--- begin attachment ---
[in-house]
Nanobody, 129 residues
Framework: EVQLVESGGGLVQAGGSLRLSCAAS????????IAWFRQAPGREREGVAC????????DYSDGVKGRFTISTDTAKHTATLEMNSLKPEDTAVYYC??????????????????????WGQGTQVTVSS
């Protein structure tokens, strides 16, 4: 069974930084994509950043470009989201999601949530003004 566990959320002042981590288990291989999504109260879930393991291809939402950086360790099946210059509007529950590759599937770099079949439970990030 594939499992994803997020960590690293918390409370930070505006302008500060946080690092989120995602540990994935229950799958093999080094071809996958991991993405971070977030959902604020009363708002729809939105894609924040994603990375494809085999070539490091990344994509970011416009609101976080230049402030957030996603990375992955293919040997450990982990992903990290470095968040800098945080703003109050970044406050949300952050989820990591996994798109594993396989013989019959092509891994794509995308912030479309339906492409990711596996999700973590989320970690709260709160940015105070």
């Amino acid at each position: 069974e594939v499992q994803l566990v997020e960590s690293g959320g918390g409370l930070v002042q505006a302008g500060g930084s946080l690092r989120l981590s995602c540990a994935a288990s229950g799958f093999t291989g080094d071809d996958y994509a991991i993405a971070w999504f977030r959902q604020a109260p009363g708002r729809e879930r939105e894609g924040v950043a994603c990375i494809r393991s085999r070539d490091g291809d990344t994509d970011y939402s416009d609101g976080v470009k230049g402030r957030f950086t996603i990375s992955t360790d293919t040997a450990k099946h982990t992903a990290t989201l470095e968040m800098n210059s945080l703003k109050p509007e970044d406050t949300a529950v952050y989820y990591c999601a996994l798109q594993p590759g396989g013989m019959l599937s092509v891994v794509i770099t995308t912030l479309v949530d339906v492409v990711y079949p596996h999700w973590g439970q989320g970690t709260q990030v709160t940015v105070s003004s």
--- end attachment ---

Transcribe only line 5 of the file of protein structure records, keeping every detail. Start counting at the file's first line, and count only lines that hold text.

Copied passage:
């Amino acid at each position: 069974e594939v499992q994803l566990v997020e960590s690293g959320g918390g409370l930070v002042q505006a302008g500060g930084s946080l690092r989120l981590s995602c540990a994935a288990s229950g799958f093999t291989g080094d071809d996958y994509a991991i993405a971070w999504f977030r959902q604020a109260p009363g708002r729809e879930r939105e894609g924040v950043a994603c990375i494809r393991s085999r070539d490091g291809d990344t994509d970011y939402s416009d609101g976080v470009k230049g402030r957030f950086t996603i990375s992955t360790d293919t040997a450990k099946h982990t992903a990290t989201l470095e968040m800098n210059s945080l703003k109050p509007e970044d406050t949300a529950v952050y989820y990591c999601a996994l798109q594993p590759g396989g013989m019959l599937s092509v891994v794509i770099t995308t912030l479309v949530d339906v492409v990711y079949p596996h999700w973590g439970q989320g970690t709260q990030v709160t940015v105070s003004s």